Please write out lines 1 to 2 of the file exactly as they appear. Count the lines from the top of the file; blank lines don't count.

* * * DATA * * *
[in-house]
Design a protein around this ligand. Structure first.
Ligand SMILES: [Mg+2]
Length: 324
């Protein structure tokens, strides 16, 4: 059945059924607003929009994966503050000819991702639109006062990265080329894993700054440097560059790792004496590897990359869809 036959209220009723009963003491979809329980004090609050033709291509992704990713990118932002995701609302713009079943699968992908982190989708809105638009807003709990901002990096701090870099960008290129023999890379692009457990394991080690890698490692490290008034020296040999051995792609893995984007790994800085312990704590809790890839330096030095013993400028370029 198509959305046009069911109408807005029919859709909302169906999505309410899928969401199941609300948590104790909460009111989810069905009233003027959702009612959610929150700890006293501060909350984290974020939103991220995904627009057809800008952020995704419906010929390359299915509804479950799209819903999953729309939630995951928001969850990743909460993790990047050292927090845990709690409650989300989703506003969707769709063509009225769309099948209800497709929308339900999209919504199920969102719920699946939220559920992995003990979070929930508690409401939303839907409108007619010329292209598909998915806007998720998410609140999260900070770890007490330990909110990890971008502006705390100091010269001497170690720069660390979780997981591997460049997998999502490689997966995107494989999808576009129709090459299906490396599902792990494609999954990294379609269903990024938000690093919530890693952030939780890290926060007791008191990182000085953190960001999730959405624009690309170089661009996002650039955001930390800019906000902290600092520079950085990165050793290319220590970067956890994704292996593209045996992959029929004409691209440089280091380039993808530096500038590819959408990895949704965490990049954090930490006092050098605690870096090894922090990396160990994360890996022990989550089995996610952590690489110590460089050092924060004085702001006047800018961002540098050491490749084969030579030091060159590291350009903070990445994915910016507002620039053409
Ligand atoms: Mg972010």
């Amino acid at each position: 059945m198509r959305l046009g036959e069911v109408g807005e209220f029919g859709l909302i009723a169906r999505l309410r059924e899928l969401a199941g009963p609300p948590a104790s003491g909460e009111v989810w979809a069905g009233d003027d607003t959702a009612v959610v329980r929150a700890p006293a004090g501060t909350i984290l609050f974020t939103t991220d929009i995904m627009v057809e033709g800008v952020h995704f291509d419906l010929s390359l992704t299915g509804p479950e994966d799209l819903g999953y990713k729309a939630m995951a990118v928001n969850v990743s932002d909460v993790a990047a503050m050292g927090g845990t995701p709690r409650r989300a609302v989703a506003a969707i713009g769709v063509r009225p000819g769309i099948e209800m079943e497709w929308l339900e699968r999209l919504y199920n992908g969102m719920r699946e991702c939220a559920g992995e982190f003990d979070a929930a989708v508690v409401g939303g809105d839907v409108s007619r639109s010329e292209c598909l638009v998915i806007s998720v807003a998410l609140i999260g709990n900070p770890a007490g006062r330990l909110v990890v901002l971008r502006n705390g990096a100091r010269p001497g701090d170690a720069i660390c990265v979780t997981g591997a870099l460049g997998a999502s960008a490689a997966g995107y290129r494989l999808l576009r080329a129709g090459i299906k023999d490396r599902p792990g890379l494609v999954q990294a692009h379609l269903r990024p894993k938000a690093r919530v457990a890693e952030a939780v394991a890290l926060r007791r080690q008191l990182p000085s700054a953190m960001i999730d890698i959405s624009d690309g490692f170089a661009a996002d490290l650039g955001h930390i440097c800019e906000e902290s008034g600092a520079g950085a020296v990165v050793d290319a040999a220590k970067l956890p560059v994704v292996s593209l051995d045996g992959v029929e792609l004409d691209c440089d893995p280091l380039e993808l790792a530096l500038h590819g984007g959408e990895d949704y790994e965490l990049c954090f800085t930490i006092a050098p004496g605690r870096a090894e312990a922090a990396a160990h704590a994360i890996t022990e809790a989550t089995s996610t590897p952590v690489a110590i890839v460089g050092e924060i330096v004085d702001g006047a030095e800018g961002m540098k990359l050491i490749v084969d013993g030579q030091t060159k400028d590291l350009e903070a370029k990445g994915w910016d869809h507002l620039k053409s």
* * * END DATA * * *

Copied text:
[in-house]
Design a protein around this ligand. Structure first.